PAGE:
On Monday, the Senate Judiciary Committee will consider SB 1184, dubbed the “health care provider freedom of speech” bill.

The legislation aims to prevent a crackdown on doctors accused of spreading misinformation about COVID-19, a trend occurring across the country. The Federation of State Medical Boards reported an uptick in complaints against licensed medical professionals for disseminating false or misleading information. The organization announced that 67% of state medical boards reported an increase in complaints, and 21% had taken some sort of disciplinary action.

Ron DeSantis pushes for doctors to speak their minds.

“We are encouraged by the number of boards that have already taken action to combat COVID-19 disinformation by disciplining physicians who engage in that behavior and by reminding all physicians that their words and actions matter, and they should think twice before spreading disinformation that may harm patients,” said Dr. Humayun Chaudhry, the president and CEO of the federation, said in a December statement.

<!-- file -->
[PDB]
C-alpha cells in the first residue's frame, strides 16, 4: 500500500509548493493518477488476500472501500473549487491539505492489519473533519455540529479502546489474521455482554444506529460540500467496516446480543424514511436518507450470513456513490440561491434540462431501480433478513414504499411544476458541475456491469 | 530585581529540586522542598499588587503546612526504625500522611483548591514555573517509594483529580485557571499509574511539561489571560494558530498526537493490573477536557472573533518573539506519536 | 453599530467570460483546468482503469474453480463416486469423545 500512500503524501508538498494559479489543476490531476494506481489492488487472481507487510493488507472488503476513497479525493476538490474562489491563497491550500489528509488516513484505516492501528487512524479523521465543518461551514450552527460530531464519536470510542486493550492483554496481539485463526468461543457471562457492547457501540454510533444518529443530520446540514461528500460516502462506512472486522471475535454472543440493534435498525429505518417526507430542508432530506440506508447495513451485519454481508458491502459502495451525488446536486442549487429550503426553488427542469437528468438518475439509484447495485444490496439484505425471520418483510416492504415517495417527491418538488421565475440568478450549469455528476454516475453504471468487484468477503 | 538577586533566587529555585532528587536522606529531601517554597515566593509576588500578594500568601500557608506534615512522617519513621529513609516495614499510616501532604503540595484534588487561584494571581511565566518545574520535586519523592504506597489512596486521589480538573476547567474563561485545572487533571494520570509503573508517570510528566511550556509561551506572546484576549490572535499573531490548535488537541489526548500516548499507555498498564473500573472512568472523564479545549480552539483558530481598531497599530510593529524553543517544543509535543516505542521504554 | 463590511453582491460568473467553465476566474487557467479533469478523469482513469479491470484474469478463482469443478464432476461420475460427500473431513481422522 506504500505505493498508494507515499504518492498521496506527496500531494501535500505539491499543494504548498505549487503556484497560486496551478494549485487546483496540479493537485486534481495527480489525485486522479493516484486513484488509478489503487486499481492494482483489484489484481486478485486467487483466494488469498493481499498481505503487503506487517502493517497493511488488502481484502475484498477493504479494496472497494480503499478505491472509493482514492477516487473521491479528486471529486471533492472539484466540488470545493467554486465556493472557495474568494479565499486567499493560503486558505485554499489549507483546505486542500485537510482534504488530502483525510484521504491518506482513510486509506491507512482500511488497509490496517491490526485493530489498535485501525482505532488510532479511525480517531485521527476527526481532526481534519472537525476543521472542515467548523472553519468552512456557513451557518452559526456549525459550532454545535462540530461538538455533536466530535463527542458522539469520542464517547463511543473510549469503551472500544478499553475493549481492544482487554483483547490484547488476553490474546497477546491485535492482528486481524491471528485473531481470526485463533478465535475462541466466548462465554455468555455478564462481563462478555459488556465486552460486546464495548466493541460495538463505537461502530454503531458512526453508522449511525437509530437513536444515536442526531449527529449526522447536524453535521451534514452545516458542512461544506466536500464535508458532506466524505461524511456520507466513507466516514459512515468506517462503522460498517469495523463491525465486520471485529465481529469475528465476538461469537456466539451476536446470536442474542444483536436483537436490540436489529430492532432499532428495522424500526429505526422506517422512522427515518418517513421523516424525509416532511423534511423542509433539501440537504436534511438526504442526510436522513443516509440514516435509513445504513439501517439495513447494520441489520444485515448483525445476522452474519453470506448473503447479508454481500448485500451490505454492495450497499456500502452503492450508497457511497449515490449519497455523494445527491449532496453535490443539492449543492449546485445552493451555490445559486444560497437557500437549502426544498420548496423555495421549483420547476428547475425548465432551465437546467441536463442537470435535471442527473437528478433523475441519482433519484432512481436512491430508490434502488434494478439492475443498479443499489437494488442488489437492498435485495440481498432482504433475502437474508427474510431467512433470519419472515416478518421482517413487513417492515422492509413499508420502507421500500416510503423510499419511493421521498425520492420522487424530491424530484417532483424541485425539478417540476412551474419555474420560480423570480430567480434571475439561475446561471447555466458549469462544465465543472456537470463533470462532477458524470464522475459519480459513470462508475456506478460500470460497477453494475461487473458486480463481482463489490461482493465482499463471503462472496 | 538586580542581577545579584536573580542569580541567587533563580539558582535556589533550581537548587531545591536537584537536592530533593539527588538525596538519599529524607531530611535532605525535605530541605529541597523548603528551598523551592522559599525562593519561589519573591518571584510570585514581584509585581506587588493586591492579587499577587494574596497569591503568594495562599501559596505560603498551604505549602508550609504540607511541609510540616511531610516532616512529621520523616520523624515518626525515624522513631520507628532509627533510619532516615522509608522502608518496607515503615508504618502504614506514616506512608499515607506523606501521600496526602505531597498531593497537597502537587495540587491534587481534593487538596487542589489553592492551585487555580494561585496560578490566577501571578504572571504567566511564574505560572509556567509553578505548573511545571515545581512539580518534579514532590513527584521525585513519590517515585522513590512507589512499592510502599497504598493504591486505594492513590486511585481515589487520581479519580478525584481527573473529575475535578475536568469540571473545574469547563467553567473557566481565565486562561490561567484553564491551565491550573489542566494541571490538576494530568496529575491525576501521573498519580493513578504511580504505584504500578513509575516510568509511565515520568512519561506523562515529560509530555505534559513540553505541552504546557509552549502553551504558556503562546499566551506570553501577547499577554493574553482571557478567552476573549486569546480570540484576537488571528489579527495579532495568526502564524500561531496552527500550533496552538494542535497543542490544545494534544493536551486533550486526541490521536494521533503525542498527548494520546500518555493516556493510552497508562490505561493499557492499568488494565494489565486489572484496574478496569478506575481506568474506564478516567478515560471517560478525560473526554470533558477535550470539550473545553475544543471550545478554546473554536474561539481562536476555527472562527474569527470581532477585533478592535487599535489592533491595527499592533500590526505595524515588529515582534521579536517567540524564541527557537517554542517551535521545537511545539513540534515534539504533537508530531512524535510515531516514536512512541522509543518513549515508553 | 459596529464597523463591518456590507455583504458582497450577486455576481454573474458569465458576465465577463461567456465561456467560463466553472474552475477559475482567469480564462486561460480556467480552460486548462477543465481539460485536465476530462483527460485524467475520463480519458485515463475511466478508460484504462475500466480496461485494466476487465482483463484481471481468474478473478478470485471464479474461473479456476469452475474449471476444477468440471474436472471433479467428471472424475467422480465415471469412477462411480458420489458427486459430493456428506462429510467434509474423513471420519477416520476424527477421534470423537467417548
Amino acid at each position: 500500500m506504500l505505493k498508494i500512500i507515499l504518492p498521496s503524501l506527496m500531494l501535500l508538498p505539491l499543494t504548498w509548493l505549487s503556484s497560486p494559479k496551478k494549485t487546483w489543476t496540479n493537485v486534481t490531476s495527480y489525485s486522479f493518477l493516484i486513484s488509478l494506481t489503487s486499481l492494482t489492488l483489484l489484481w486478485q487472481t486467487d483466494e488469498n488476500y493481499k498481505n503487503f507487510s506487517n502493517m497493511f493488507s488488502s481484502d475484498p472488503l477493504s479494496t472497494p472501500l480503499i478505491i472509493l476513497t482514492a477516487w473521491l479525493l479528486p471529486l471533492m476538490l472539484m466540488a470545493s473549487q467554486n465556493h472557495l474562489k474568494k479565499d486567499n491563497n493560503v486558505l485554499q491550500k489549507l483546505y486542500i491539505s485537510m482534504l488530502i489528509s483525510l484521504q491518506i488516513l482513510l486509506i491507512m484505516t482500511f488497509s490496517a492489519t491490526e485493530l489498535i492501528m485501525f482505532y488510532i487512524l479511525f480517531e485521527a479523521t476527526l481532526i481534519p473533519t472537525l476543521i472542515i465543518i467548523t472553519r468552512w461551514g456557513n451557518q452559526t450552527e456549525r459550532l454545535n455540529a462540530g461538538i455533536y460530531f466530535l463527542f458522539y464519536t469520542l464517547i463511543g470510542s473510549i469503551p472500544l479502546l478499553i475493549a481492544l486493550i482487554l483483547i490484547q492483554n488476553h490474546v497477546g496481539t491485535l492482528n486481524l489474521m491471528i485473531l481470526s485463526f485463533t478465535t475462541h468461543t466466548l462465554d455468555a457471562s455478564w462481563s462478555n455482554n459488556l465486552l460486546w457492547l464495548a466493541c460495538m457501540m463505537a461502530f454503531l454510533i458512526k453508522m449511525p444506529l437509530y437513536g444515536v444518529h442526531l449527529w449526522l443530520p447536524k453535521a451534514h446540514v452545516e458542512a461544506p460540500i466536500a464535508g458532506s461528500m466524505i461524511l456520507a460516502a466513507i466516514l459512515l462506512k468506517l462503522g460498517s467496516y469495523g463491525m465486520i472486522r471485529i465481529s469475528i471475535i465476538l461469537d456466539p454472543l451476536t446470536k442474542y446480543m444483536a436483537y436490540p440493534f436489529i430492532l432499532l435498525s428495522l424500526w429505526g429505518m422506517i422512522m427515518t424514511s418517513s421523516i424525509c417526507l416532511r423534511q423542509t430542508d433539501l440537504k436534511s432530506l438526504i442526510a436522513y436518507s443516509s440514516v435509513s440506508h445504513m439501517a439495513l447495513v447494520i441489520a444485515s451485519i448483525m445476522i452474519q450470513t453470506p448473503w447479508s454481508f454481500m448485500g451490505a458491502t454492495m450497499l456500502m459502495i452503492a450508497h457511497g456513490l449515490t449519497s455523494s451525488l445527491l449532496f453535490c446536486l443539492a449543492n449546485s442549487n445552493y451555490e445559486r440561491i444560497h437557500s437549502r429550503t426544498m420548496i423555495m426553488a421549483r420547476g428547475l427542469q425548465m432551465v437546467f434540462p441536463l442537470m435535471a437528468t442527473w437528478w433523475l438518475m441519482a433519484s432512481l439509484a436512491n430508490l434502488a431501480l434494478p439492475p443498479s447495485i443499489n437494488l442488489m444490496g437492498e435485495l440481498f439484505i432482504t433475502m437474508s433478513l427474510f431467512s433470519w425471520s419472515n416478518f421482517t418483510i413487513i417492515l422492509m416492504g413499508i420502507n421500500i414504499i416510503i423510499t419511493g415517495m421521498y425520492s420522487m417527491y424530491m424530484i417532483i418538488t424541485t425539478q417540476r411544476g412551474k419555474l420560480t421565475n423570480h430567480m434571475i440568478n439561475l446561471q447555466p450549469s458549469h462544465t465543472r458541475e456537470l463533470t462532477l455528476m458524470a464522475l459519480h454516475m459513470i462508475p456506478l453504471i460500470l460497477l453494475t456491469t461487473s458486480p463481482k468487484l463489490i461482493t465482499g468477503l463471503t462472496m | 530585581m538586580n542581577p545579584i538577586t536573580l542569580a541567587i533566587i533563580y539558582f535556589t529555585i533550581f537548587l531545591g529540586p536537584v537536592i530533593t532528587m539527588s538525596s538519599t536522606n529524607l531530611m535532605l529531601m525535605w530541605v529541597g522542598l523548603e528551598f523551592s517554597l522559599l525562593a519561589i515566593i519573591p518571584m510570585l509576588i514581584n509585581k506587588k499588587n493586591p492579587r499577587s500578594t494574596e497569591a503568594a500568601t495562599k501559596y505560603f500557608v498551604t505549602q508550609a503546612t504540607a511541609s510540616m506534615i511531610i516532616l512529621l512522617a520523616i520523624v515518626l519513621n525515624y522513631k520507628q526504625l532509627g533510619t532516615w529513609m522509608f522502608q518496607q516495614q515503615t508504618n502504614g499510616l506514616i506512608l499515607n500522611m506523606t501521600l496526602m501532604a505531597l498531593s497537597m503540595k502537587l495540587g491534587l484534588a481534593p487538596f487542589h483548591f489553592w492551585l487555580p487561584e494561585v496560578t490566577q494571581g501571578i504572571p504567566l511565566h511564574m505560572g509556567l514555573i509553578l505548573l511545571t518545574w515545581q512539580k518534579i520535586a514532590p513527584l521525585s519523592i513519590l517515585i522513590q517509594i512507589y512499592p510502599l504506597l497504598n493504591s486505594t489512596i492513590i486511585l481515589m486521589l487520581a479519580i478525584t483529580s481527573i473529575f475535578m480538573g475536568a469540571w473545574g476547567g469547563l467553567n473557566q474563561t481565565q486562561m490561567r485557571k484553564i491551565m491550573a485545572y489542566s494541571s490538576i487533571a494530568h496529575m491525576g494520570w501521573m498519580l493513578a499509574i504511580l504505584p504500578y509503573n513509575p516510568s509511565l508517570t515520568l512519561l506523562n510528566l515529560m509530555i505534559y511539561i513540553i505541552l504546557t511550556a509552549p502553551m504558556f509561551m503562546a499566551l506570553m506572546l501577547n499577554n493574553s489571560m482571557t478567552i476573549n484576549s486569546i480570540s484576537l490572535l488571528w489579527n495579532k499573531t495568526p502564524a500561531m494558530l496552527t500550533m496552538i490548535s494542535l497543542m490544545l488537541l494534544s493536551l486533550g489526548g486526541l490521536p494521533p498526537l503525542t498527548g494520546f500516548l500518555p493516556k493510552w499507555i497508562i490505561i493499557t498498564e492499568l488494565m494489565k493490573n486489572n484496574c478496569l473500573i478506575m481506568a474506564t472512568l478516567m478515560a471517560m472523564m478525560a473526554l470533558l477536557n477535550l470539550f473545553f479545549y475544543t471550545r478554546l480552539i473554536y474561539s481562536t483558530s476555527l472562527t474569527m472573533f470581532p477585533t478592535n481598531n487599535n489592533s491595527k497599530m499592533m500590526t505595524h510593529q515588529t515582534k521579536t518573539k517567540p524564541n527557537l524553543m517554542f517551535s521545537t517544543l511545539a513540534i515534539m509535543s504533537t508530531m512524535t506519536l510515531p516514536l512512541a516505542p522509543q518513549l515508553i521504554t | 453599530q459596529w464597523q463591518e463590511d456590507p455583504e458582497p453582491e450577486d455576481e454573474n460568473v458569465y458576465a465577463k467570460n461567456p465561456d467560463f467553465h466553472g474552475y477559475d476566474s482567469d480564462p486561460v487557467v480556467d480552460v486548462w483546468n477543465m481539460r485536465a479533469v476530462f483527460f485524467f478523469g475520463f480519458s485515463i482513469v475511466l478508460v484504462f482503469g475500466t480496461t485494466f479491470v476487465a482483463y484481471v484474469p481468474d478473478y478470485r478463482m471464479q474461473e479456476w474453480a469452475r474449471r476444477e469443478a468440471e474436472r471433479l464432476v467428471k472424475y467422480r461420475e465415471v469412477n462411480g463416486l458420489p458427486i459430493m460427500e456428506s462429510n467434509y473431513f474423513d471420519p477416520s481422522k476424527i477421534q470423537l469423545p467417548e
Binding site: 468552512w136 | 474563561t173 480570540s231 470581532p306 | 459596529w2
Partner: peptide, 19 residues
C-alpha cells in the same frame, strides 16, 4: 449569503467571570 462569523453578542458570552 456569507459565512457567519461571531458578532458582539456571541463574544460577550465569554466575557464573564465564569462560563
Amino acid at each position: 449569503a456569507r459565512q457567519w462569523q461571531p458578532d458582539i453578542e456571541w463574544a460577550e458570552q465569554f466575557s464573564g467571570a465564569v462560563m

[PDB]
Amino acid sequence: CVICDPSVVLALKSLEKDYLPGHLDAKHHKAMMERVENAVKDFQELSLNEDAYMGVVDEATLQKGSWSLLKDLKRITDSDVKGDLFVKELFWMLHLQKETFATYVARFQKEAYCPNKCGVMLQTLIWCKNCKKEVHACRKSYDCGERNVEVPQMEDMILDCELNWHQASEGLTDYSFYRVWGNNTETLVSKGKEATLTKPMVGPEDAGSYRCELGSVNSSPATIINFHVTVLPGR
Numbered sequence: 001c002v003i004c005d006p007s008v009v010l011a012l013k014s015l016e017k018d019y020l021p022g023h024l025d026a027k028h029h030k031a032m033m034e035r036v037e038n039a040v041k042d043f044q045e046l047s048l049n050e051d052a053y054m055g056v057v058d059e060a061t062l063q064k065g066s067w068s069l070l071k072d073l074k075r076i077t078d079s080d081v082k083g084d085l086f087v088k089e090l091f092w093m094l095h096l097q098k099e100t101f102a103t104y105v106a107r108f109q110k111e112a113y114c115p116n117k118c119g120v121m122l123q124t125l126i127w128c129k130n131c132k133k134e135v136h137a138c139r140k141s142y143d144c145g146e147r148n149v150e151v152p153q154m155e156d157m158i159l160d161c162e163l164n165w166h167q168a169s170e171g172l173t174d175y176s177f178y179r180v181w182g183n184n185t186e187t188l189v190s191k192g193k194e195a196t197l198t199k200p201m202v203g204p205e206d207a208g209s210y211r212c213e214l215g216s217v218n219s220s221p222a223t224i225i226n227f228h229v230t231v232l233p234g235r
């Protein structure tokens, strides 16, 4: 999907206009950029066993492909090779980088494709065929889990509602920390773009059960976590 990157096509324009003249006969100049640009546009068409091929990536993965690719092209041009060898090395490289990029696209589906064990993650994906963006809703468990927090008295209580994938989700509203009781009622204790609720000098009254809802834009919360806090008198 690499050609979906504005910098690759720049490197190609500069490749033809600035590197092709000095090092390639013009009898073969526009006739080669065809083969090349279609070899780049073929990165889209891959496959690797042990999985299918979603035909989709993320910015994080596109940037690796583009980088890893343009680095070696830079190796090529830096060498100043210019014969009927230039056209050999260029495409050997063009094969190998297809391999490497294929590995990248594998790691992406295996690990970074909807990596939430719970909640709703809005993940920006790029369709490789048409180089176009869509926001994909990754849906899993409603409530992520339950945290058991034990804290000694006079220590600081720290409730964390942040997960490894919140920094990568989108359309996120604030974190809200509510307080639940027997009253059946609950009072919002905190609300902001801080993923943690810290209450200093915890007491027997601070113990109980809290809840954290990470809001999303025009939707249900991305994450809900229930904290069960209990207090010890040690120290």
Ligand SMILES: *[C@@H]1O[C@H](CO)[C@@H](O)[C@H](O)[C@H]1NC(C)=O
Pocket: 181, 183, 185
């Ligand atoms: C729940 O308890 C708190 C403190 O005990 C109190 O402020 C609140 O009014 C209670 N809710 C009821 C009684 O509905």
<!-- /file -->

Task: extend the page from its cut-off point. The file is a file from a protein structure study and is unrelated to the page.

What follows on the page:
The DeSantis administration disagrees and on Friday posted on the Governor’s Twitter account that “physicians in Florida should be able to practice medicine and express opinions without facing sanctions simply because they are not parroting the prevailing ‘narrative.’“ Of note: A complaint was filed with the DOH against State Surgeon General Ladapo, but it was never pursued.

The bill requires the licensing board or the Health Department if there is no board to prove “beyond a reasonable doubt” that the licensed practitioner’s actions led to the “direct physical harm” of one of their patients. The board and the Health Department could get hit with a $1.5 million fine for violating the law.

A staff analysis notes that the $1.5 million liability established in the bill may deter the DOH and the boards from taking action against health care practitioners in their efforts to preserve the health, safety, and welfare of the public.